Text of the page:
Pharmacological stress in conjunction with radionuclide myocardial perfusion imaging has become a widely used noninvasive method of assessing patients with known or suspected coronary artery disease. In the United States, over one third of perfusion imaging studies are performed with pharmacological stress. Pharmacological stress agents fall into two categories: coronary vasodilating agents such as dipyridamole and adenosine, and cardiac positive inotropic agents such as dobutamine and arbutamine. For both, in the presence of coronary artery disease (CAD), perfusion image abnormalities result from heterogeneity of coronary blood flow reserve. Vasodilating agents work directly on the coronary vessels to increase blood flow, whereas inotropic agents work indirectly by increasing myocardial work load, which then leads to an increase in coronary blood flow. Both classes of agents have high accuracies for diagnosing coronary artery disease, and they have excellent safety records with acceptably low occurrences of side effects. For dipyridamole planar thallium imaging, pooled analysis yields a sensitivity of 85% and a specificity of 87% for diagnosis of coronary disease, but there is a large variation in reported values depending on various factors, such as the extent of postcatheterization referral bias, the type of imaging (planar versus single photon emission computed tomography [SPECT]), the types of patients being studied (single versus multivessel disease, men versus women), and the imaging agent used (thallium versus one of the technetium-based agents). Diagnostic accuracies for adenosine are similar to those of dipyridamole, with reported overall sensitivities ranging from 83% to 97%, and specificities ranging from 38% to 94%. For dobutamine, pooled analyses yield a sensitivity of 82% and a specificity of 75%. There is some concern that dobutamine may interfere with uptake of technetium-99m sestamibi, lowering the sensitivity for detection of disease, and thus the vasdodilating agents are generally preferred. Pharmacological stress testing has high clinical use for risk stratifying patients with known or suspected CAD, in patients after myocardial infarction, and in patients needing noncardiac surgery. Vasodilating agents are particularly advantageous in assessing post-myocardial infarction patients, allowing testing as soon as 2 days after the event. Like patients undergoing exercise stress testing, patients with normal perfusion images by pharmacological stress have a < 1% annual incidence of cardiac events. The likelihood of an event increases with the extent and severity of perfusion abnormalities. However, it is important to consider clinical variables when using perfusion imaging for risk stratification, particularly in the presurgery patients. As with exercise testing, adjunct markers such as ST segment depression during testing, lung uptake of radiotracer (if thallium is used), and ventricular cavity dilatation add additional prognostic information to that available from the perfusion images alone. The aim of current research is to find better agents that are easier to use and that have fewer side effects. MRE-0470 is an experimental vasodilating agent that is more receptor selective than adenosine and promises a lower incidence of hypotension. Arbutamine more closely simulates exercise than dobutamine, and it can be administered by a closed-loop computerized delivery device. Work is also underway to look at novel uses of pharmacological stress agents, such as acquiring gated SPECT images during dobutamine infusion to enhance detection of myocardial viability. With increasing use of noninvasive testing in elderly patients and in patients with comorbidities that preclude adequate exercise, pharmacological stress testing has become an indispensable tool for radionuclide myocardial perfusion imaging studies. A good understanding of pharmacological stress testing is essential for performing high-quality nuclear cardiology studies and for properly interpreting and acting on the results.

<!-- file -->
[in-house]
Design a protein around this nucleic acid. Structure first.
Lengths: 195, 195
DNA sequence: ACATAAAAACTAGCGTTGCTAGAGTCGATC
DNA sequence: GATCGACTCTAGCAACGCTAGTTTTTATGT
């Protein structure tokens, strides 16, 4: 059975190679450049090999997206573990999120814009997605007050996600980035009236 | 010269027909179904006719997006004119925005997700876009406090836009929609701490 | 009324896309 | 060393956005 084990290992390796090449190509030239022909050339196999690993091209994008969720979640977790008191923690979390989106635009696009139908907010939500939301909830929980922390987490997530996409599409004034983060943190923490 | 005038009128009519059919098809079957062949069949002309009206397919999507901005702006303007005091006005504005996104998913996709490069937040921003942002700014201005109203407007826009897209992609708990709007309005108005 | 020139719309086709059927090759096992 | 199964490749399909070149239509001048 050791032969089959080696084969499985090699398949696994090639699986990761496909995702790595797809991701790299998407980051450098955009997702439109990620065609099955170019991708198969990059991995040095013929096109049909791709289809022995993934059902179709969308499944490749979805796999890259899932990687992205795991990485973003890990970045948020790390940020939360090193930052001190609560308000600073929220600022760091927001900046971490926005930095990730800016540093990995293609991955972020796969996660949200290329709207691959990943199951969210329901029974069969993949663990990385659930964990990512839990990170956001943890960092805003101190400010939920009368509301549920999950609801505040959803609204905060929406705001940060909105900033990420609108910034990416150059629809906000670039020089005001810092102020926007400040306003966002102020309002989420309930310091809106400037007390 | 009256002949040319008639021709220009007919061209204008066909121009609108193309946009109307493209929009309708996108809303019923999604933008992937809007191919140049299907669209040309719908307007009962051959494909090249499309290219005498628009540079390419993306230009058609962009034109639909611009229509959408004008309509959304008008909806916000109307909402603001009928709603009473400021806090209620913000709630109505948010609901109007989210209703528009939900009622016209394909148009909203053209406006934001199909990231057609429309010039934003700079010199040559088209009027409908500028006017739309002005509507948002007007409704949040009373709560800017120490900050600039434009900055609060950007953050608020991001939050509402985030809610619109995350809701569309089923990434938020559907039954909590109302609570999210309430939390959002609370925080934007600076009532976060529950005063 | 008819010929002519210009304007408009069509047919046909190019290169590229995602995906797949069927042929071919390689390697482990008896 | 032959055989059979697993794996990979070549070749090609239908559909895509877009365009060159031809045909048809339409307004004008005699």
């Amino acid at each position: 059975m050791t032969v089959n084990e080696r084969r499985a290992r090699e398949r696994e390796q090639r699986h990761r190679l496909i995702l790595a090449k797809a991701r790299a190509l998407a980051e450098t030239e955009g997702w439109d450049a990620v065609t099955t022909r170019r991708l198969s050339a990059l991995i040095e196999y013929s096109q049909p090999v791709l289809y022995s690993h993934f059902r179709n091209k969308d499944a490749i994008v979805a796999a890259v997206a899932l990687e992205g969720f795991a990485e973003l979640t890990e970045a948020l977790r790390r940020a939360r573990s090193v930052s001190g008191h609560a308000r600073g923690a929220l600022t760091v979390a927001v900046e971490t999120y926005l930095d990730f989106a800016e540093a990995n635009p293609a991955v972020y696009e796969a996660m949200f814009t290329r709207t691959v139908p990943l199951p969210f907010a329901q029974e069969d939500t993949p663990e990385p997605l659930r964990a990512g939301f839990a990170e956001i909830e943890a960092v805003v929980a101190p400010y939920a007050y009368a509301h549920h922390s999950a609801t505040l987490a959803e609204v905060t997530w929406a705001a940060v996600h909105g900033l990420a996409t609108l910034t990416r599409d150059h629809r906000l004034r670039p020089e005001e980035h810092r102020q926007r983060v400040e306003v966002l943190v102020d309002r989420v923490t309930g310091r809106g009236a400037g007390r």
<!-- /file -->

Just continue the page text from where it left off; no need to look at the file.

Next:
ASJC Scopus subject areas
- Radiology Nuclear Medicine and imaging